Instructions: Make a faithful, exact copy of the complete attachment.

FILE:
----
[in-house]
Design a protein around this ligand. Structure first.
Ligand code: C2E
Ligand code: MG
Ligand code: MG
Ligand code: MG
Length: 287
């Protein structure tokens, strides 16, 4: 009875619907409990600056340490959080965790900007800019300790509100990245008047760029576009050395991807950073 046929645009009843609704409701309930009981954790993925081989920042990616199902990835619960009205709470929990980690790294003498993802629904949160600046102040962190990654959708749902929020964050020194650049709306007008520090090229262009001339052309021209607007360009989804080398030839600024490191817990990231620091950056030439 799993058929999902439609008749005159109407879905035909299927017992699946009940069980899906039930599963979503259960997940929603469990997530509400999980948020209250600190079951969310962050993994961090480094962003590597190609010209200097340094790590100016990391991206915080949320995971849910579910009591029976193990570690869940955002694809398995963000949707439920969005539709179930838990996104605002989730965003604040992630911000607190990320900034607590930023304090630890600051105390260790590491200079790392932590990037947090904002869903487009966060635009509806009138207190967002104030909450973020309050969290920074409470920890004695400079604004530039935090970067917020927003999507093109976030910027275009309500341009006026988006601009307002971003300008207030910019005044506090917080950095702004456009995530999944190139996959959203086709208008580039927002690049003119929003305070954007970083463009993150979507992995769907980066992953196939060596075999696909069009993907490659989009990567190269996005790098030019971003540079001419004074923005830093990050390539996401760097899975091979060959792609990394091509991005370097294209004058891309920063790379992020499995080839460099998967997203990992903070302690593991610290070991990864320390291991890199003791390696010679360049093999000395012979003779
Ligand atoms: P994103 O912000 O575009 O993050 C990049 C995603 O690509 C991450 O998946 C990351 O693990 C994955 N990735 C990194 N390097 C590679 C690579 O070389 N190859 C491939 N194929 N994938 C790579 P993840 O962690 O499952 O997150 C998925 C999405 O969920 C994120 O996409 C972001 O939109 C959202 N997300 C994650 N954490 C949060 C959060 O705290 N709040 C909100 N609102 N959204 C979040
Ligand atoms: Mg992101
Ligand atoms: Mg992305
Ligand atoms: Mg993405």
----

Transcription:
[in-house]
Design a protein around this ligand. Structure first.
Ligand code: C2E
Ligand code: MG
Ligand code: MG
Ligand code: MG
Length: 287
């Protein structure tokens, strides 16, 4: 009875619907409990600056340490959080965790900007800019300790509100990245008047760029576009050395991807950073 046929645009009843609704409701309930009981954790993925081989920042990616199902990835619960009205709470929990980690790294003498993802629904949160600046102040962190990654959708749902929020964050020194650049709306007008520090090229262009001339052309021209607007360009989804080398030839600024490191817990990231620091950056030439 799993058929999902439609008749005159109407879905035909299927017992699946009940069980899906039930599963979503259960997940929603469990997530509400999980948020209250600190079951969310962050993994961090480094962003590597190609010209200097340094790590100016990391991206915080949320995971849910579910009591029976193990570690869940955002694809398995963000949707439920969005539709179930838990996104605002989730965003604040992630911000607190990320900034607590930023304090630890600051105390260790590491200079790392932590990037947090904002869903487009966060635009509806009138207190967002104030909450973020309050969290920074409470920890004695400079604004530039935090970067917020927003999507093109976030910027275009309500341009006026988006601009307002971003300008207030910019005044506090917080950095702004456009995530999944190139996959959203086709208008580039927002690049003119929003305070954007970083463009993150979507992995769907980066992953196939060596075999696909069009993907490659989009990567190269996005790098030019971003540079001419004074923005830093990050390539996401760097899975091979060959792609990394091509991005370097294209004058891309920063790379992020499995080839460099998967997203990992903070302690593991610290070991990864320390291991890199003791390696010679360049093999000395012979003779
Ligand atoms: P994103 O912000 O575009 O993050 C990049 C995603 O690509 C991450 O998946 C990351 O693990 C994955 N990735 C990194 N390097 C590679 C690579 O070389 N190859 C491939 N194929 N994938 C790579 P993840 O962690 O499952 O997150 C998925 C999405 O969920 C994120 O996409 C972001 O939109 C959202 N997300 C994650 N954490 C949060 C959060 O705290 N709040 C909100 N609102 N959204 C979040
Ligand atoms: Mg992101
Ligand atoms: Mg992305
Ligand atoms: Mg993405």